Blackpool rock

Rock making is thought to have originated in Blackpool in the late 19th century

Traditional rock making is at a “critical juncture” with an influx of cheap imports from China “undercutting domestic producers and eroding consumer confidence in locally-made goods”, leading producers of the confectionery have warned.

In a letter sent to MPs, British manufacturers said the future of the hard, stick-shaped boiled sugar sweets was “under severe threat” from Chinese imports purporting to be made in the UK.

“The quality and integrity of British confectionery is unparalleled, built upon generations of craftsmanship and expertise,” the producers wrote. “However, in recent months, inferior products have flooded our market.”

The rise of these “cheap Chinese imported imitations” posed “a grave and immediate challenge to our industry, jeopardising the livelihoods of our employees and the sustainability of our business”, they added.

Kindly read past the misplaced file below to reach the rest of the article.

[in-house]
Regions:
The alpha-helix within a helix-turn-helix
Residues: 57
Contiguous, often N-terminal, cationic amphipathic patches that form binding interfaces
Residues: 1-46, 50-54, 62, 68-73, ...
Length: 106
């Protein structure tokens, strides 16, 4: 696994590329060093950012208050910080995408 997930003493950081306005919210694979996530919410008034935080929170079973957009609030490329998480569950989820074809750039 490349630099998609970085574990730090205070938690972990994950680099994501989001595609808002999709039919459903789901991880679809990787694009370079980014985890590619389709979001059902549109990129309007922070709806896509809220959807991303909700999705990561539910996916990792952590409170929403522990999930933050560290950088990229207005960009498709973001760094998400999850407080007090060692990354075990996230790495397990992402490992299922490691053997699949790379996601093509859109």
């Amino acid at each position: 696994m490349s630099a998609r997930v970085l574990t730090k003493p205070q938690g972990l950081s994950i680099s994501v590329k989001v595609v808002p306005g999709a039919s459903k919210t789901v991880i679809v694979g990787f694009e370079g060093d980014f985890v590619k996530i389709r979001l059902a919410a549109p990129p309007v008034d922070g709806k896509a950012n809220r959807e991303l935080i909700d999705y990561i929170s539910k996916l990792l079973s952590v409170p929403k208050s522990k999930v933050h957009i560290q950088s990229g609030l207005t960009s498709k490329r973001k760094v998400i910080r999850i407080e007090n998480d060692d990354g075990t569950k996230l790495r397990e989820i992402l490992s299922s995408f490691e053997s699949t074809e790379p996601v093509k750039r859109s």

In Blackpool and the surrounding areas – where rock making is said to have originated in the late 19th century – eight manufacturers had “regrettably been forced to cease trading” in recent years, the producers said.

Now, just nine remained, meaning there were now “approximately only 30 people in the UK” with the skills needed to ‘letter’ sticks of rock, they added.

The producers, which include Stanton & Novelty, McAdams Confectionery, Marton Rock, Rainbow Candies and Baxter Brothers Confectionery, called on their respective local MPs to “take a stand on behalf of British confectionery”.

“Preserving the heritage and tradition of British confectionery is not only essential for our economy but also for maintaining our cultural identity and pride,” they said. “By championing the cause of local producers, you will not only support businesses like ours but also uphold the values of fairness, quality, and authenticity that define British craftsmanship.”

David Thorp, director of Stanton & Novelty, said the coalition was “about to start the process” of applying for UK geographical indication (GI) status for rock under the government’s protected food names (PFN) scheme. 

This, he claimed, would protect “the name ‘rock sticks’ or ‘Blackpool rock’ so that it can only be made in the UK”.